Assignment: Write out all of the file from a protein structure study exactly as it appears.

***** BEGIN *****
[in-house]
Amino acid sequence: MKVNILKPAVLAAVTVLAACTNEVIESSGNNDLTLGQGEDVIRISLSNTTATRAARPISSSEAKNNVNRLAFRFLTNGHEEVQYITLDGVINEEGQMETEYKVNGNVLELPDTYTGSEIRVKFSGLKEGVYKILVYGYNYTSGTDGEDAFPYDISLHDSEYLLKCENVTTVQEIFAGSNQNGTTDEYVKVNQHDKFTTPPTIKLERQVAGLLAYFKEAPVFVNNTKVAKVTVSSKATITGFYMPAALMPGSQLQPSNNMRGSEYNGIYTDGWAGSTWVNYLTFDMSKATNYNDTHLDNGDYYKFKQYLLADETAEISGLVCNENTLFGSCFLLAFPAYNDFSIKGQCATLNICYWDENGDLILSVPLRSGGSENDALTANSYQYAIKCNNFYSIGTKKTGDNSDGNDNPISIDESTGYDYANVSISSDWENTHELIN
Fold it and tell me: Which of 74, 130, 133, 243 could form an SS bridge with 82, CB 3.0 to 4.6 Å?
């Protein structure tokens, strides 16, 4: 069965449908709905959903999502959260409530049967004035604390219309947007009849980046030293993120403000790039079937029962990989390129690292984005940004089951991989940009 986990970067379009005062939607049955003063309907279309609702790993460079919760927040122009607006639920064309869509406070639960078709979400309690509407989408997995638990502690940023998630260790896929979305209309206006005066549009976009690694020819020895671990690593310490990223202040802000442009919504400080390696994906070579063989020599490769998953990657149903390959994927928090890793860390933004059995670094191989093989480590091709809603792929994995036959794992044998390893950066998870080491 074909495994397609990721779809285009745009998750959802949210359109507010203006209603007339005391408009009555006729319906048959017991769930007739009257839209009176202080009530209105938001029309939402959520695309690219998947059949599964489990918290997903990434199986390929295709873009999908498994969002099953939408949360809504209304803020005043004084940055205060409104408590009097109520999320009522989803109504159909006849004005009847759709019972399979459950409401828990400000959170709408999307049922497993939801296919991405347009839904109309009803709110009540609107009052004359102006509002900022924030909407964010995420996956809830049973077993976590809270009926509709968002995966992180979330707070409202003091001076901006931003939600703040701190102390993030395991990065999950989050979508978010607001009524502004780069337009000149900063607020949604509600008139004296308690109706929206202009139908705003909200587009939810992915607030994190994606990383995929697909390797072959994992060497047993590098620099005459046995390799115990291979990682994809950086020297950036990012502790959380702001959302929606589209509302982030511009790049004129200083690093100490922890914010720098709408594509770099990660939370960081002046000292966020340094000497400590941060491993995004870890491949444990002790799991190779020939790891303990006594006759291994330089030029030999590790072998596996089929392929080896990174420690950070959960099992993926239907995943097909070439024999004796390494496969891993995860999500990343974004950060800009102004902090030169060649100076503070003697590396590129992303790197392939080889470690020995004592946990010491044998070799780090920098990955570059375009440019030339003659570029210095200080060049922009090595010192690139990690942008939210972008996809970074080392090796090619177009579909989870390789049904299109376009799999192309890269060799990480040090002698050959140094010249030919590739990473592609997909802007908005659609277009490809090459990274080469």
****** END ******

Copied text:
[in-house]
Amino acid sequence: MKVNILKPAVLAAVTVLAACTNEVIESSGNNDLTLGQGEDVIRISLSNTTATRAARPISSSEAKNNVNRLAFRFLTNGHEEVQYITLDGVINEEGQMETEYKVNGNVLELPDTYTGSEIRVKFSGLKEGVYKILVYGYNYTSGTDGEDAFPYDISLHDSEYLLKCENVTTVQEIFAGSNQNGTTDEYVKVNQHDKFTTPPTIKLERQVAGLLAYFKEAPVFVNNTKVAKVTVSSKATITGFYMPAALMPGSQLQPSNNMRGSEYNGIYTDGWAGSTWVNYLTFDMSKATNYNDTHLDNGDYYKFKQYLLADETAEISGLVCNENTLFGSCFLLAFPAYNDFSIKGQCATLNICYWDENGDLILSVPLRSGGSENDALTANSYQYAIKCNNFYSIGTKKTGDNSDGNDNPISIDESTGYDYANVSISSDWENTHELIN
Fold it and tell me: Which of 74, 130, 133, 243 could form an SS bridge with 82, CB 3.0 to 4.6 Å?
């Protein structure tokens, strides 16, 4: 069965449908709905959903999502959260409530049967004035604390219309947007009849980046030293993120403000790039079937029962990989390129690292984005940004089951991989940009 986990970067379009005062939607049955003063309907279309609702790993460079919760927040122009607006639920064309869509406070639960078709979400309690509407989408997995638990502690940023998630260790896929979305209309206006005066549009976009690694020819020895671990690593310490990223202040802000442009919504400080390696994906070579063989020599490769998953990657149903390959994927928090890793860390933004059995670094191989093989480590091709809603792929994995036959794992044998390893950066998870080491 074909495994397609990721779809285009745009998750959802949210359109507010203006209603007339005391408009009555006729319906048959017991769930007739009257839209009176202080009530209105938001029309939402959520695309690219998947059949599964489990918290997903990434199986390929295709873009999908498994969002099953939408949360809504209304803020005043004084940055205060409104408590009097109520999320009522989803109504159909006849004005009847759709019972399979459950409401828990400000959170709408999307049922497993939801296919991405347009839904109309009803709110009540609107009052004359102006509002900022924030909407964010995420996956809830049973077993976590809270009926509709968002995966992180979330707070409202003091001076901006931003939600703040701190102390993030395991990065999950989050979508978010607001009524502004780069337009000149900063607020949604509600008139004296308690109706929206202009139908705003909200587009939810992915607030994190994606990383995929697909390797072959994992060497047993590098620099005459046995390799115990291979990682994809950086020297950036990012502790959380702001959302929606589209509302982030511009790049004129200083690093100490922890914010720098709408594509770099990660939370960081002046000292966020340094000497400590941060491993995004870890491949444990002790799991190779020939790891303990006594006759291994330089030029030999590790072998596996089929392929080896990174420690950070959960099992993926239907995943097909070439024999004796390494496969891993995860999500990343974004950060800009102004902090030169060649100076503070003697590396590129992303790197392939080889470690020995004592946990010491044998070799780090920098990955570059375009440019030339003659570029210095200080060049922009090595010192690139990690942008939210972008996809970074080392090796090619177009579909989870390789049904299109376009799999192309890269060799990480040090002698050959140094010249030919590739990473592609997909802007908005659609277009490809090459990274080469």